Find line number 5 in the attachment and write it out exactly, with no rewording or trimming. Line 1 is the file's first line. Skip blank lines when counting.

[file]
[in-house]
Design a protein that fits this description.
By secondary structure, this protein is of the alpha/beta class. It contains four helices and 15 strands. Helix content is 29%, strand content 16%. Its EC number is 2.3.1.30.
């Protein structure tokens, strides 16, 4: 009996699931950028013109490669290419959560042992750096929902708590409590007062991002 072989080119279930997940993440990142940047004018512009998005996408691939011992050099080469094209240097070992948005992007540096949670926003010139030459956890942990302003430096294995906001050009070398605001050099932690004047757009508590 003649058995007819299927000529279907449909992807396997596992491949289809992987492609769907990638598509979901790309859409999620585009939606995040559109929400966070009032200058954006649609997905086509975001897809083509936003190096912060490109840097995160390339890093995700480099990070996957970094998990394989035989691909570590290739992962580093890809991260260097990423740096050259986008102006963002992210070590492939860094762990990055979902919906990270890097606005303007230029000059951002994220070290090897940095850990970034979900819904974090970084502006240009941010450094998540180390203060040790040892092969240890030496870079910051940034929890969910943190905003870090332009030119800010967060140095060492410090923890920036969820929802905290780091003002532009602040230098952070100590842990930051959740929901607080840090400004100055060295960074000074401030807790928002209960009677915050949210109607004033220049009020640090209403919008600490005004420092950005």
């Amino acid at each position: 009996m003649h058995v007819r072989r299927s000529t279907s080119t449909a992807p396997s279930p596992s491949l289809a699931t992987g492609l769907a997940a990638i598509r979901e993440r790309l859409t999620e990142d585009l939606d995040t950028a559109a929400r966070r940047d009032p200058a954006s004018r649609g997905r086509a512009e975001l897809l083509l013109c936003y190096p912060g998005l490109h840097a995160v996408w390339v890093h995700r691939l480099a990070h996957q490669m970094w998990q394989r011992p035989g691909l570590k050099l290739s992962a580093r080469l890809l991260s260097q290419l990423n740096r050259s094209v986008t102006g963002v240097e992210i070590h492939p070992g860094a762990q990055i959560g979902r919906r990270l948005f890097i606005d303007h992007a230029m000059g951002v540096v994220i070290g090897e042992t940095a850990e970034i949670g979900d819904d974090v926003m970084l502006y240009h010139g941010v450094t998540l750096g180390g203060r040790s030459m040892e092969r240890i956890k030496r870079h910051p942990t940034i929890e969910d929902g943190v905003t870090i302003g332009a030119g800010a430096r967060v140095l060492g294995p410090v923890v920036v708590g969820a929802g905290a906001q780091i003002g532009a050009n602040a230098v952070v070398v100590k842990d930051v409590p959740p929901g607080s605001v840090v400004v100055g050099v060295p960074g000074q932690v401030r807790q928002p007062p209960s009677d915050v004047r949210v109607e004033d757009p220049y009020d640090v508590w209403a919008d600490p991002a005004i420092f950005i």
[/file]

């Amino acid at each position: 009996m003649h058995v007819r072989r299927s000529t279907s080119t449909a992807p396997s279930p596992s491949l289809a699931t992987g492609l769907a997940a990638i598509r979901e993440r790309l859409t999620e990142d585009l939606d995040t950028a559109a929400r966070r940047d009032p200058a954006s004018r649609g997905r086509a512009e975001l897809l083509l013109c936003y190096p912060g998005l490109h840097a995160v996408w390339v890093h995700r691939l480099a990070h996957q490669m970094w998990q394989r011992p035989g691909l570590k050099l290739s992962a580093r080469l890809l991260s260097q290419l990423n740096r050259s094209v986008t102006g963002v240097e992210i070590h492939p070992g860094a762990q990055i959560g979902r919906r990270l948005f890097i606005d303007h992007a230029m000059g951002v540096v994220i070290g090897e042992t940095a850990e970034i949670g979900d819904d974090v926003m970084l502006y240009h010139g941010v450094t998540l750096g180390g203060r040790s030459m040892e092969r240890i956890k030496r870079h910051p942990t940034i929890e969910d929902g943190v905003t870090i302003g332009a030119g800010a430096r967060v140095l060492g294995p410090v923890v920036v708590g969820a929802g905290a906001q780091i003002g532009a050009n602040a230098v952070v070398v100590k842990d930051v409590p959740p929901g607080s605001v840090v400004v100055g050099v060295p960074g000074q932690v401030r807790q928002p007062p209960s009677d915050v004047r949210v109607e004033d757009p220049y009020d640090v508590w209403a919008d600490p991002a005004i420092f950005i």